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Pledge to protect pharmacy staff after violent attacks

There have been a “series of incidents over the last two to three years” in pharmacies in NI
There have been a “series of incidents over the last two to three years” in pharmacies in NI

Northern Ireland's (NI) health commissioning body is launching a review into the safety of pharmacy staff and premises after “a number of violent thefts” across the country.

In a letter sent to all pharmacies last month – and seen by C+D – the Health and Social Care Board (HSCB) and other stakeholders, set out their “commitment to support this sector” by “enhancing the security of both pharmacy staff and premises”.

Speaking to C+D last Thursday (May 4), HSCB head of pharmacy Joe Brogan said the board was “absolutely aghast and appalled” by a recent incident at James McDonagh Pharmacy in west Belfast, which saw two pharmacists stabbed in a failed attempt to steal tramadol (read the pharmacy owner's account of the attack here).

Both verbal and physical abuse on pharmacy staff is “absolutely unacceptable”, Mr Brogan said.

However, the board’s “zero-tolerance approach” needs to be better publicised, he admitted, “to make sure that the behaviours the public [exhibit when] accessing pharmacy are appropriate, and where they are not, means are taken to deal with them”.

Background to the review

The HSCB met with NI’s chief pharmaceutical officer Mark Timoney, Community Pharmacy NI, the Ulster Chemists’ Association and the Pharmacy Forum Board last autumn to discuss how to better protect pharmacists, after a “series of incidents over the last two to three years”, Mr Brogan said.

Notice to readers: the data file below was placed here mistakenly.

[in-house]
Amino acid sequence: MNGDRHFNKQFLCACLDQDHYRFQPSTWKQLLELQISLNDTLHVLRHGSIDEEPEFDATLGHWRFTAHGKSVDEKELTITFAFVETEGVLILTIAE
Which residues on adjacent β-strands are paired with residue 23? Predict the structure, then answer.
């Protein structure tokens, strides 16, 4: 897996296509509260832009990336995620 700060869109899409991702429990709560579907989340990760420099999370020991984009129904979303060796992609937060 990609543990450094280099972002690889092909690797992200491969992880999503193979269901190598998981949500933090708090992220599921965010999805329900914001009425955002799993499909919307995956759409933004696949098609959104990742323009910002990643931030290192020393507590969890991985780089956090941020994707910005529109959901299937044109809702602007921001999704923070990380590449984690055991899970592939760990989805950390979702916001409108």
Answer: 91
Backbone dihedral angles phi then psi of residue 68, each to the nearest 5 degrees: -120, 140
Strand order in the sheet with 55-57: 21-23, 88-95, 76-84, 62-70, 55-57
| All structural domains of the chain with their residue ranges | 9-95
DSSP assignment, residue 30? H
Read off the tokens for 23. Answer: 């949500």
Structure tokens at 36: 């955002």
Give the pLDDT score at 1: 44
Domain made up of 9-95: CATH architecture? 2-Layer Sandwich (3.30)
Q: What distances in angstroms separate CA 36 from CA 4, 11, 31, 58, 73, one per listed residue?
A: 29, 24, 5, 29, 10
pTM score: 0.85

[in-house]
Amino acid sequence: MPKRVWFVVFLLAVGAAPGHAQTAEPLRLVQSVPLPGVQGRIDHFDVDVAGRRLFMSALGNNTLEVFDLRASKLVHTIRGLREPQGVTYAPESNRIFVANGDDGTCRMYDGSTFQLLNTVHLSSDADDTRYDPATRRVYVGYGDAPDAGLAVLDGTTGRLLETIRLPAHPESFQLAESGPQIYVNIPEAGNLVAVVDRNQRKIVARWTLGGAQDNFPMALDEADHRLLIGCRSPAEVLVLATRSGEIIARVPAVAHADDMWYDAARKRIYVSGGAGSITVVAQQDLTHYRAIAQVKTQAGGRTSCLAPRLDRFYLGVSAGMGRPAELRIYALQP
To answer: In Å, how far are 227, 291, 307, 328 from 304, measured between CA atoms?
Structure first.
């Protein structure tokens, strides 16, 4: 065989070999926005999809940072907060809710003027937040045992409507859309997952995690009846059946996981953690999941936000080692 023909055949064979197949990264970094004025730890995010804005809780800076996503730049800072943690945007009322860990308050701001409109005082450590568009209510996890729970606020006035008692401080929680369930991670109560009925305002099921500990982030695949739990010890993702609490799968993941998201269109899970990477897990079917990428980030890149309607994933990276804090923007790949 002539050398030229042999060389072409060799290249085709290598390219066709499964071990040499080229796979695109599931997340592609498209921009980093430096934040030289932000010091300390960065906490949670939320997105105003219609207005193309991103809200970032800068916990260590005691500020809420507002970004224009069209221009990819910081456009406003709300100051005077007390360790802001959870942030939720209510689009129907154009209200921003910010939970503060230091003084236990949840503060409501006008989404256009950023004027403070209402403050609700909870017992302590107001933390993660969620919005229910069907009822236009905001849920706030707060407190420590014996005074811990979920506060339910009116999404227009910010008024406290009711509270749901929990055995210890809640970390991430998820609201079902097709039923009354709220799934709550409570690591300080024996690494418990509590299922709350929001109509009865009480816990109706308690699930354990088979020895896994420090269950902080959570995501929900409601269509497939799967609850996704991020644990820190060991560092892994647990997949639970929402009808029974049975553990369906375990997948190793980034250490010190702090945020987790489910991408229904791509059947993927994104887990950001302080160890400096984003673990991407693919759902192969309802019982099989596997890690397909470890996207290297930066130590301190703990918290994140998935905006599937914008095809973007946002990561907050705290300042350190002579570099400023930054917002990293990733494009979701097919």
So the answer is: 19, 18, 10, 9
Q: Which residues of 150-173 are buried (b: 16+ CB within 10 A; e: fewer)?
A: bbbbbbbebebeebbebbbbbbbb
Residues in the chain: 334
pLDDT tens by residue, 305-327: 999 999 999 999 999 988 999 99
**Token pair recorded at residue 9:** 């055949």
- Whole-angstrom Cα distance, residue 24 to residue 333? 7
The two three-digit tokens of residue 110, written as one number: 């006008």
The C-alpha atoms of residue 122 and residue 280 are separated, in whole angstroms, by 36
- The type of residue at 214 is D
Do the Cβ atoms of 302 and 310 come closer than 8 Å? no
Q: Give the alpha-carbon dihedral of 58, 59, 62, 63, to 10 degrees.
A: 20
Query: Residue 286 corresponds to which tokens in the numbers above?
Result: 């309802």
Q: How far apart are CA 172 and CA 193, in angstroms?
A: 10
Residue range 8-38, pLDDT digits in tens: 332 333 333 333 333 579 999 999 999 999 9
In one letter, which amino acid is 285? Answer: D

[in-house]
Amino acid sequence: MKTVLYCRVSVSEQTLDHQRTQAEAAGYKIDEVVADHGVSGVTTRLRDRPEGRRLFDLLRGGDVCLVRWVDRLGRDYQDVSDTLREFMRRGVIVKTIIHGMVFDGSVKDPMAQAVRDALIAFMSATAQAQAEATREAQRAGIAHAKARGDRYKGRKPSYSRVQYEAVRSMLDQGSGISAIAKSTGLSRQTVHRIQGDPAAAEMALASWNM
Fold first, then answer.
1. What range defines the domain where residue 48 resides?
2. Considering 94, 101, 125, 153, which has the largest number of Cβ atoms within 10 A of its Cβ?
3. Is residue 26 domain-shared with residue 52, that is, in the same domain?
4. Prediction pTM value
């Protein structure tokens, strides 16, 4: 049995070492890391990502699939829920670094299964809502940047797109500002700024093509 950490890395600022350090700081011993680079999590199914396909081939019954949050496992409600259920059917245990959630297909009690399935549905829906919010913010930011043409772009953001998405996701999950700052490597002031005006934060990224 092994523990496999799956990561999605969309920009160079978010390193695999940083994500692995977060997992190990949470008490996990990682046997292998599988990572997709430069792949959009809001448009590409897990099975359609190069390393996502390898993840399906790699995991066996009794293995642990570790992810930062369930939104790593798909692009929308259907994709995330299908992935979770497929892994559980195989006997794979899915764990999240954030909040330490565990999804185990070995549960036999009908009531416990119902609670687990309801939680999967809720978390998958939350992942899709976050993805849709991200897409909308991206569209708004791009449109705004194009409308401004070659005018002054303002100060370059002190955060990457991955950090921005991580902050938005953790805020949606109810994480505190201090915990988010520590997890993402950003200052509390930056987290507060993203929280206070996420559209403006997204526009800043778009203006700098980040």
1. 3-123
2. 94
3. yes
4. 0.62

However, “the [James McDonagh Pharmacy] incident crystallised the thinking that we really need to take action”.

“At this stage, we are trying to scope out what needs to be done,” he said. “I am engaging with the head of crime prevention in the police service of NI to develop a short survey to establish what the level of security is [in pharmacy] and where the gaps are.”

The bodies are also working with the NI Centre for Pharmacy Learning and Development to develop some training for pharmacy staff around keeping safe at work, he added.

A “baseline assessment” is expected to be completed “this side of summer”, with “material” and an “idea on how to deal with it” by the autumn.

Prescription drug misuse

Mr Brogan speculated that the rise in violent attacks on pharmacies in recent years could be linked to the rise in prescription drugs misuse in the country. "It is largely the illicit drug avenues that people are accessing prescription drugs, but they will see a pharmacy and know there are prescription drugs available."

The pharmacy bodies, the NI Department of Health and the police are keen to ensure pharmacists know “there is a mitigate any action like this happening again”, he added.

Have you experienced a violent crime in your pharmacy?

Ghengis Pharm, Locum pharmacist

Wrong forum, Ben?  

Leon The Apothecary, Student

No workplace should have to deal with violence.

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